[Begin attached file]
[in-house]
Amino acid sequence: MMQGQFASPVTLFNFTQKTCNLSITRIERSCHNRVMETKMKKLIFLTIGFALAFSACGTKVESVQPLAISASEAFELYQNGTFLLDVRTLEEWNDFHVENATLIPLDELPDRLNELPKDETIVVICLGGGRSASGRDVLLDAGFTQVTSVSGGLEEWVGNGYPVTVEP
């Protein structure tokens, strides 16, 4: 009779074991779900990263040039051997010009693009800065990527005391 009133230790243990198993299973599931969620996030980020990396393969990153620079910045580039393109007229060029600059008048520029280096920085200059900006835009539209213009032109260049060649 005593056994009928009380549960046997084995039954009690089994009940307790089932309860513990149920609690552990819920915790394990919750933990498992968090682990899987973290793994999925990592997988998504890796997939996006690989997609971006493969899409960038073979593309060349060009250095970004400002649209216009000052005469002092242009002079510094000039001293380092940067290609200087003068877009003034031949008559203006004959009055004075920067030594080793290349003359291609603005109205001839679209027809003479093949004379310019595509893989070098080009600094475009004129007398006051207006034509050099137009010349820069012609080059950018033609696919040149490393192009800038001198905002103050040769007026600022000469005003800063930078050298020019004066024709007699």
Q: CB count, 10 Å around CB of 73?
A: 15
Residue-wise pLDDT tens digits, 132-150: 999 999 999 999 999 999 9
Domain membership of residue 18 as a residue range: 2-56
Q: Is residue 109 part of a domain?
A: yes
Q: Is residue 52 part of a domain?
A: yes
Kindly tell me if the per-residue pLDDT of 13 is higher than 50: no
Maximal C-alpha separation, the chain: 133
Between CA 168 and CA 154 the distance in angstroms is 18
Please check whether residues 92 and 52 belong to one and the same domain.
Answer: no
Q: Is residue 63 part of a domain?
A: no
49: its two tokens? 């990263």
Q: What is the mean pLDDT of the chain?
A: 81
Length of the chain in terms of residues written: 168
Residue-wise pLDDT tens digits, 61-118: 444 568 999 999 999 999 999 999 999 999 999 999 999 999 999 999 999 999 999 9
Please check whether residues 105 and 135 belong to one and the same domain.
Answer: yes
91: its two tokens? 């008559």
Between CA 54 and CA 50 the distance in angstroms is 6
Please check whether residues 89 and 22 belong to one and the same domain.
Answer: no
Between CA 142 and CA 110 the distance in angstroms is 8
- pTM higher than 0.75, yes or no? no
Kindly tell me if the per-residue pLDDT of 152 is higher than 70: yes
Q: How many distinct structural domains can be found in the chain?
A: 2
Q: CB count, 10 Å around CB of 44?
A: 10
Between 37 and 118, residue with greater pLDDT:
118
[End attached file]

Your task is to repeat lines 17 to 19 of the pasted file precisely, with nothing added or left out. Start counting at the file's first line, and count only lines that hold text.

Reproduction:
Q: Is residue 63 part of a domain?
A: no
49: its two tokens? 């990263």